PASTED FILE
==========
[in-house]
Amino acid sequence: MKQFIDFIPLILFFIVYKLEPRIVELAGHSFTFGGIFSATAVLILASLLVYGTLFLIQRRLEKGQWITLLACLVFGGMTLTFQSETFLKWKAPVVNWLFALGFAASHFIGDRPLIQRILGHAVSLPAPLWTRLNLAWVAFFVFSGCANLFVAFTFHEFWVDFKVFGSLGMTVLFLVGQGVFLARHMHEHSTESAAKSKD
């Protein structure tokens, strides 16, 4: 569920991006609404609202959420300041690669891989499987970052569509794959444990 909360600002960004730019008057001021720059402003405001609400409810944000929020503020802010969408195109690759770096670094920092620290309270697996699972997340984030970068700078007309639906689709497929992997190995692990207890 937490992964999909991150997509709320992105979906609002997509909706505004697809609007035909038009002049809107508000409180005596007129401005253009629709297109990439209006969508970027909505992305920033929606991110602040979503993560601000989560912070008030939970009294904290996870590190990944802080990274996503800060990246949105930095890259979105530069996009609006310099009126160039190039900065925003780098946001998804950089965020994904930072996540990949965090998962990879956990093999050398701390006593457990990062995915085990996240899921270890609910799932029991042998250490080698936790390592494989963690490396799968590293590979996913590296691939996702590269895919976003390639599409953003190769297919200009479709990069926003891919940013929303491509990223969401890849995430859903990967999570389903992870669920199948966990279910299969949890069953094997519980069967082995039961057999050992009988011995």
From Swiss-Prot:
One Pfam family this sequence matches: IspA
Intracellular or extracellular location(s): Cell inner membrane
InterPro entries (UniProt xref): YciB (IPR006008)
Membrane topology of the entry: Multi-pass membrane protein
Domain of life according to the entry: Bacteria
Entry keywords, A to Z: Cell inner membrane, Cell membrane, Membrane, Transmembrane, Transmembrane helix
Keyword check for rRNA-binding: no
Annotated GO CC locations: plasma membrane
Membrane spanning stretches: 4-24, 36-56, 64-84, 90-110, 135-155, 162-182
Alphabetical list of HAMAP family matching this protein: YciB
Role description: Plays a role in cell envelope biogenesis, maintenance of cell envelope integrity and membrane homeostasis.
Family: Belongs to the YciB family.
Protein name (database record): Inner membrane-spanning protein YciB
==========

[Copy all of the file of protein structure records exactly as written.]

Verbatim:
[in-house]
Amino acid sequence: MKQFIDFIPLILFFIVYKLEPRIVELAGHSFTFGGIFSATAVLILASLLVYGTLFLIQRRLEKGQWITLLACLVFGGMTLTFQSETFLKWKAPVVNWLFALGFAASHFIGDRPLIQRILGHAVSLPAPLWTRLNLAWVAFFVFSGCANLFVAFTFHEFWVDFKVFGSLGMTVLFLVGQGVFLARHMHEHSTESAAKSKD
């Protein structure tokens, strides 16, 4: 569920991006609404609202959420300041690669891989499987970052569509794959444990 909360600002960004730019008057001021720059402003405001609400409810944000929020503020802010969408195109690759770096670094920092620290309270697996699972997340984030970068700078007309639906689709497929992997190995692990207890 937490992964999909991150997509709320992105979906609002997509909706505004697809609007035909038009002049809107508000409180005596007129401005253009629709297109990439209006969508970027909505992305920033929606991110602040979503993560601000989560912070008030939970009294904290996870590190990944802080990274996503800060990246949105930095890259979105530069996009609006310099009126160039190039900065925003780098946001998804950089965020994904930072996540990949965090998962990879956990093999050398701390006593457990990062995915085990996240899921270890609910799932029991042998250490080698936790390592494989963690490396799968590293590979996913590296691939996702590269895919976003390639599409953003190769297919200009479709990069926003891919940013929303491509990223969401890849995430859903990967999570389903992870669920199948966990279910299969949890069953094997519980069967082995039961057999050992009988011995």
From Swiss-Prot:
One Pfam family this sequence matches: IspA
Intracellular or extracellular location(s): Cell inner membrane
InterPro entries (UniProt xref): YciB (IPR006008)
Membrane topology of the entry: Multi-pass membrane protein
Domain of life according to the entry: Bacteria
Entry keywords, A to Z: Cell inner membrane, Cell membrane, Membrane, Transmembrane, Transmembrane helix
Keyword check for rRNA-binding: no
Annotated GO CC locations: plasma membrane
Membrane spanning stretches: 4-24, 36-56, 64-84, 90-110, 135-155, 162-182
Alphabetical list of HAMAP family matching this protein: YciB
Role description: Plays a role in cell envelope biogenesis, maintenance of cell envelope integrity and membrane homeostasis.
Family: Belongs to the YciB family.
Protein name (database record): Inner membrane-spanning protein YciB